Forensic Files: A show I find rather good, it shows a crime that happened in real-life, shows who the victim was, how they were killed, and who the killer was along with the events after the murder whether it was a court trial or the killer's evasion of law enforcement.
Power, Privelege, & Justice: Similar to the show above except it is hosted by late Dominic Dunn. It focuses on the cases related to the wealthy.


[warbles internally]
True & Honest Fan
Feb 3, 2013
I don't watch many television shows myself, so they're a lot easier for me to recommend than movies. So I'll list them!

Shows I follow:
1. Downton Abbey: If you're into period dramas, then this is one long, well done,well budgeted example of one taking place from 1912-1920ish (currently). While a little slow at first in Season One, it's easy to find yourself caring about the varied cast of characters and becoming invested, generally leaving you hooked by the middle season and ready for more. There are some absolutely beautiful and poignant moments as well as some more comedic ones. This is first, and foremost, however, a drama. It's about to go into its 4th season, but at 8-9 40 minute episodes a season (with an hour and a half Christmas special for seasons 2 and 3), it's certainly not the hardest show to catch up on.

2. Sherlock: It's Sherlock. The title character is great! His ideosyncrasies are endearing and entertaining. The friendship with Watson is also well done. It's a pretty effective modern day translation and also pretty easy to catch up on. It's waiting on it's 3rd season, and combined, there are 6 hour and a half episodes to catch up on.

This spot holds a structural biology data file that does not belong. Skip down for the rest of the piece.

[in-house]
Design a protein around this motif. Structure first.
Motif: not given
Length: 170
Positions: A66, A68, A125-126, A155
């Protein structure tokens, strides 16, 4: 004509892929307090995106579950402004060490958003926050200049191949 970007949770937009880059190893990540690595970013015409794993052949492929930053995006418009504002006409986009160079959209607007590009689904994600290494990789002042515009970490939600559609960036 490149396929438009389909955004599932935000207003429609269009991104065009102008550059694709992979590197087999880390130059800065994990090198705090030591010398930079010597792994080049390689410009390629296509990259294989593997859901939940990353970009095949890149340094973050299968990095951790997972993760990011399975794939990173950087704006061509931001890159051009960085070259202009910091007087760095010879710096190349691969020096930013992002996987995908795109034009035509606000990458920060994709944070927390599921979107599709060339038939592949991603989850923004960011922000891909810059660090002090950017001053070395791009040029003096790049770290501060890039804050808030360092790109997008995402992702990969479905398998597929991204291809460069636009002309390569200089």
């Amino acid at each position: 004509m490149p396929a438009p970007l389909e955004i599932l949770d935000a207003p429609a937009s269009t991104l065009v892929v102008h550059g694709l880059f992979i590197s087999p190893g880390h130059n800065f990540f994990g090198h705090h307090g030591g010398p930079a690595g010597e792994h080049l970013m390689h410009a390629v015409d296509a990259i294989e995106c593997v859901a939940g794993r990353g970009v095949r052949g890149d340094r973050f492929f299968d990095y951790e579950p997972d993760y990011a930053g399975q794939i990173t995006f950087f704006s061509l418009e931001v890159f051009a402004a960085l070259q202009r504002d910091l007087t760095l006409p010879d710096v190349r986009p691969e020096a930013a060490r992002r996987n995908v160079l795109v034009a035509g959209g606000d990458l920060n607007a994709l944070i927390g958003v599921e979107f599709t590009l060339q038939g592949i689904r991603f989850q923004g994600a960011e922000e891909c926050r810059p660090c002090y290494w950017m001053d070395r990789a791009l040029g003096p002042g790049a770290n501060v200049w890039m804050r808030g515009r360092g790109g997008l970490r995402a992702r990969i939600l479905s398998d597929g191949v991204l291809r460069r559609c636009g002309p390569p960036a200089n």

3. Once Upon a Time: A guiltier pleasure because lol fairy tales. I just picked up on it last week. It's great though. The Evil Queen (Snow White's), fed up with everything, banishes everyone to Storybrooke, Maine, taking away their memories and happy endings associated with their past lives. The episodes are usually split up in 2, going between the fairy tale world for character background and the main setting of the plot focus (usually Storybrooke). So, the curse needs to be broken, etc, etc, good vs evil. It's gotten really good though, once you make it past the first 2/3 of the first season (gets a little slow at first) it picks up like crazy (if you like the surreality of fairy tales). The characters are handled really well, and while some stories are altered for the sake of the plot, I think the ends justify the means. Real depth is given to both the Evil Queen and Rumpelstiltskin. If fairy tales are your ting, its worth the watch, if only just for those two.
Also: as an ABC show, they have the right to use Disney characters, which adds a huge nostalgia factor in the nods that they give.

4. Arrested Development: A show both witty and outrageous. It's currently in (debatable since it materialized in one great dump) its 4th season, having been released to Netflix the other day. I'm just getting started on it myself, but it's looking very promising.


Sonic Jew
Apr 10, 2013
CatParty said:

Phil Hartman was made for that show, and it had a great cast. Stephen Root as the eccentric Jimmy James, Joe Rogan very early in his career, Andy Dick before he became intolerable, and that one cute redhead. The episode with Adam West was brilliant.

For a few laughs, check out the video of Jon Lovitz beating the living daylights out of Andy Dick at a comedy club. Given what Dick said to Lovitz, he deserved it.


Forum Staff
⚡ Thunderdomer ⚡
True & Honest Fan
Feb 3, 2013
Niachu said:
I regarded the idea of a tv show about Hannibal Lecter dubiously at first but it's actually really good.

i have not hidden my love for bryan fuller. his shows are generally amazing

The Hunter

Border Hopping Taco Bender
Retired Staff
Feb 3, 2013
Niachu said:
I regarded the idea of a tv show about Hannibal Lecter dubiously at first but it's actually really good.
I lost interest in that Hannibal Lecter stuff when I stopped being 14, but I haven't seen the new show yet. Not sure if I want to, though. Mostly because I can't find the time to force people out of the living room to watch TV during the middle of the day.

Although it can't be that bad if my Tumblr dash has been plagued with it recently (thanks for that, btw :p ).